In a clean sweep despite low voter turnout, Wyndham Manning secured his seat as the Dane County District 5 Supervisor Tuesday.�
Manning, a University of Wisconsin senior, beat out freshman Conor O’Hagan for the two-year term representing a primarily student district comprised of about 14,500 people, according to outgoing District 5 supervisor Ashok Kumar.
According to poll results from the Dane County clerk, O’Hagan received 146 votes, Manning captured 304, and there were 10 write-ins. Voter turnout was less than half of other downtown districts.
Manning described his state as “pure ecstasy” at his victory party at an art gallery Tuesday night attracting about 30 people, more people than the Manning-O’Hagan debate last week.
He thanked O’Hagan for making him work harder and participating in a clean race.
“I want to write an entire book about this experience,” Manning said. “I encourage everybody to do it, and I encourage nobody to do it because it was just about the most random experience ever.”
Up and out campaigning by 5 a.m., Manning said he and his campaign team spent hours chalking and passing out handbills in a last push before voters headed to the polls.
Manning clinched the Lakeshore dorms polling area, where O’Hagan lives, by 10 votes.
“I had actually some of my biggest support from O’Hagan’s district,” Manning said. “People may not necessarily believe with my politics sometimes, but they want somebody who has a vision.”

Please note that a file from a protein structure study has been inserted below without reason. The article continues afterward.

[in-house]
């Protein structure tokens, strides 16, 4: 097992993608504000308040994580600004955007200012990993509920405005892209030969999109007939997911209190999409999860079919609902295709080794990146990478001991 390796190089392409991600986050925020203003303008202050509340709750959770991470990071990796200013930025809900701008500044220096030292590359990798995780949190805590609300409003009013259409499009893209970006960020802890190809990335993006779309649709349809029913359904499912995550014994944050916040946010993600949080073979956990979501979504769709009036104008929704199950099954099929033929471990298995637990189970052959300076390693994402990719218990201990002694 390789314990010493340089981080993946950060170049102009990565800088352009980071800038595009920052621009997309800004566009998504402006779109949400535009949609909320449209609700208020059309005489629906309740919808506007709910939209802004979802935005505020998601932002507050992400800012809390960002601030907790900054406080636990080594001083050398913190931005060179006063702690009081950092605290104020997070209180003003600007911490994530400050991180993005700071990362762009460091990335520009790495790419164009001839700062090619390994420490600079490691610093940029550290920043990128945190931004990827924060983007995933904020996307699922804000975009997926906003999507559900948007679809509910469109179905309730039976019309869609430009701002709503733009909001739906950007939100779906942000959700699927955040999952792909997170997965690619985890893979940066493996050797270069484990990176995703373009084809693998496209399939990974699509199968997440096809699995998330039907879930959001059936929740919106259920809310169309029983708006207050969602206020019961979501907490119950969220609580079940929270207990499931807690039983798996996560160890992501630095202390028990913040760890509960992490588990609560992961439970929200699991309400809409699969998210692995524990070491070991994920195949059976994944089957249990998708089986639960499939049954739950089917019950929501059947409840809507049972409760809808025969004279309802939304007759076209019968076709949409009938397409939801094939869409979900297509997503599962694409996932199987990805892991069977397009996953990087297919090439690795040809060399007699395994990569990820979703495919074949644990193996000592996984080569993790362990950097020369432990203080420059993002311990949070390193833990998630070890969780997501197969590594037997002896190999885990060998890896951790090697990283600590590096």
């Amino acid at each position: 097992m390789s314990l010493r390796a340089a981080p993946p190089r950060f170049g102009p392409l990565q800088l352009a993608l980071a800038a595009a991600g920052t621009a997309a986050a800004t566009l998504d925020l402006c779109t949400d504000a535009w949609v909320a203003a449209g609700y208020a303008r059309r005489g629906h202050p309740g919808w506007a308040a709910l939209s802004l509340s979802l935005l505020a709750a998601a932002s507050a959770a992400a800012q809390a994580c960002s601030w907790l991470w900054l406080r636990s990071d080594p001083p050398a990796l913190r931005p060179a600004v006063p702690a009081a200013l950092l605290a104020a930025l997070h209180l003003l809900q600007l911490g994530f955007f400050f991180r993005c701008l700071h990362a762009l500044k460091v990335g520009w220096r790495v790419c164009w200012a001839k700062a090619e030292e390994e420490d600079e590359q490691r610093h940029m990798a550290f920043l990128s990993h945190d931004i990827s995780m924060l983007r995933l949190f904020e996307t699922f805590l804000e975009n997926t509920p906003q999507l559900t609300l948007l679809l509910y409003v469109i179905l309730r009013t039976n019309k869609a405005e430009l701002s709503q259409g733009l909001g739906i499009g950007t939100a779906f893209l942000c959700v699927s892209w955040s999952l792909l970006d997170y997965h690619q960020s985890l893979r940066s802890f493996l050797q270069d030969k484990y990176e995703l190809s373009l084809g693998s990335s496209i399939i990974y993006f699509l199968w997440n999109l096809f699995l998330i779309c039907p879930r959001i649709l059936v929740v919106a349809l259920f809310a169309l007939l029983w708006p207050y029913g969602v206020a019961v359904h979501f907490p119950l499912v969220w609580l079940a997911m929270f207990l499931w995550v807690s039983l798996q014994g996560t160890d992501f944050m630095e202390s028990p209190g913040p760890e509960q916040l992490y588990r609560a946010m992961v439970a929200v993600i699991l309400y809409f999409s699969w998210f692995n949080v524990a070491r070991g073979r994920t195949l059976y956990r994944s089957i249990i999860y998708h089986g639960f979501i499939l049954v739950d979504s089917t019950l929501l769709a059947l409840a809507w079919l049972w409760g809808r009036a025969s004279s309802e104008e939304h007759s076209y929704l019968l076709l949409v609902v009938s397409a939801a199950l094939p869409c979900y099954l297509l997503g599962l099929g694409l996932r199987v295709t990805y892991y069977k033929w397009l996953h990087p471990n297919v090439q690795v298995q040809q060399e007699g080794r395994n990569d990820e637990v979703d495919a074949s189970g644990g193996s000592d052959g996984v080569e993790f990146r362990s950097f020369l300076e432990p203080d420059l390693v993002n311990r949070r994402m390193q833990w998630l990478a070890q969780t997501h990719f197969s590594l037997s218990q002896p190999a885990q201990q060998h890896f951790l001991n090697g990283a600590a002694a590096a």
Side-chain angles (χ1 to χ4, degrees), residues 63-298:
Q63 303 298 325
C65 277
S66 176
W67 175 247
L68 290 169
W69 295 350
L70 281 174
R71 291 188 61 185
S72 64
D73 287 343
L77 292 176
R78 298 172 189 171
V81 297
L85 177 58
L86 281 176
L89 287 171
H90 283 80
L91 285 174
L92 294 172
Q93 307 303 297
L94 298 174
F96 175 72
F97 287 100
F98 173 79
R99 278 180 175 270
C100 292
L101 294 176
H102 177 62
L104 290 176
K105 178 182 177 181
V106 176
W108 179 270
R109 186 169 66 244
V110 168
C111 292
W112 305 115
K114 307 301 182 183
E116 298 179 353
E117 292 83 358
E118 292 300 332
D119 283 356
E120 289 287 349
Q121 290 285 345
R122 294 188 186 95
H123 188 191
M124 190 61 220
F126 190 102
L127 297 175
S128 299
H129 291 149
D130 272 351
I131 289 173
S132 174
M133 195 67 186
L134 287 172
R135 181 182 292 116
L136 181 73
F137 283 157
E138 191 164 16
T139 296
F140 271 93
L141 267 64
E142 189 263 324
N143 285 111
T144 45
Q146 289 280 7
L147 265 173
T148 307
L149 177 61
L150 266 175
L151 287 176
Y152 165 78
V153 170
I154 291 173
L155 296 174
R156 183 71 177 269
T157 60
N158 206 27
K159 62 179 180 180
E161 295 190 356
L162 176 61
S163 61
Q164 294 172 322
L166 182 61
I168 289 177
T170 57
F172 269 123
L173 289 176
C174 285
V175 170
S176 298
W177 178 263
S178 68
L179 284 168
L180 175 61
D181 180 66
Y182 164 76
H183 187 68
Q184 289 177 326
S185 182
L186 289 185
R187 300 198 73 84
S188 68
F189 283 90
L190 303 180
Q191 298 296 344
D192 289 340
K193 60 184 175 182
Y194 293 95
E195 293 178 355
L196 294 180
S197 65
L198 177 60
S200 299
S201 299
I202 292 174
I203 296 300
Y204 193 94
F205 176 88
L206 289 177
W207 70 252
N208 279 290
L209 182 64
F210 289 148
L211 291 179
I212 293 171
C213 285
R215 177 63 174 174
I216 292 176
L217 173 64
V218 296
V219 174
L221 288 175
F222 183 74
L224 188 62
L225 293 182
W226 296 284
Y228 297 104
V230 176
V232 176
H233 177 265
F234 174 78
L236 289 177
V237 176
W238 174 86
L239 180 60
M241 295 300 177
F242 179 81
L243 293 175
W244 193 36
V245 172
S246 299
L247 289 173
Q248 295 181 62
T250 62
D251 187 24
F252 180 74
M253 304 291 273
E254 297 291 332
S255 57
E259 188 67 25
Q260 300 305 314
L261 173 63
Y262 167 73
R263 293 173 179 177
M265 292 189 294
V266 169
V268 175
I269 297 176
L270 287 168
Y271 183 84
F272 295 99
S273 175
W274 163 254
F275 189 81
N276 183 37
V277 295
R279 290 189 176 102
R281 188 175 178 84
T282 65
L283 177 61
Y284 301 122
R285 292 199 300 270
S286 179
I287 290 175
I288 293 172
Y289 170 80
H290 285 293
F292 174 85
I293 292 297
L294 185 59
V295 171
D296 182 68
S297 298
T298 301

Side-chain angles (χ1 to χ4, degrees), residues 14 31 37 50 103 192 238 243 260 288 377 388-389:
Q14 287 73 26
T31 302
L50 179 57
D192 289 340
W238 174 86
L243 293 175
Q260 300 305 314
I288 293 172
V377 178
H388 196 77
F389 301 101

Previous District 5 Supervisor Ashok Kumar was also present at Manning’s party.
“I’m immensely proud to see the district remaining in the hands of a radical progressive, Wyndham Manning, who ran with the support of the green party, Progressive Dane and the Teaching Assistants’ Association,” Kumar said.
O’Hagan congratulated Manning on his win from his Bradley Hall dorm room, saying his loss will give him a chance to get back into activities he is invested in, like Youth in Government and a new elementary school drug and alcohol awareness program.
He said running again in the future is definitely a possibility.
“I will definitely spend these next two years watching what happens and getting more experience. I feel I will know the issues better,” O’Hagan said. “I will be more experienced. I will have more of the passion to do it in the future.”
According to O’Hagan, voter turnout was “heartbreaking and pathetic” and is looking into changing UW’s policy prohibiting candidates from campaigning in dorms.
Ald. Eli Judge, District 8, said he and the Dane County District 5 share many important challenges as they both represent a primarily student district.
“Getting students engaged is really difficult, and that one should be one of the No. 1 objectives student supervisors should engage in,” Judge said.
Judge said transportation and how students interact with the environment are two issues the city and county should work together on over the next two years.
With a total of 460 votes overall, the 2008 District 5 supervisor election captured less than the 2006 election, which brought in 668 overall votes.
Ann Waidelich, chief inspector for the Memorial Library polling place, said the 13-hour day went very slowly, adding it is “really sad” the candidates could not mobilize more voters.
“It’s hard for the kids because they live here temporarily, so it’s difficult for them to connect to the city,” Waidelich said. “Dane County Board of Supervisors seems even more remote than the City Council.”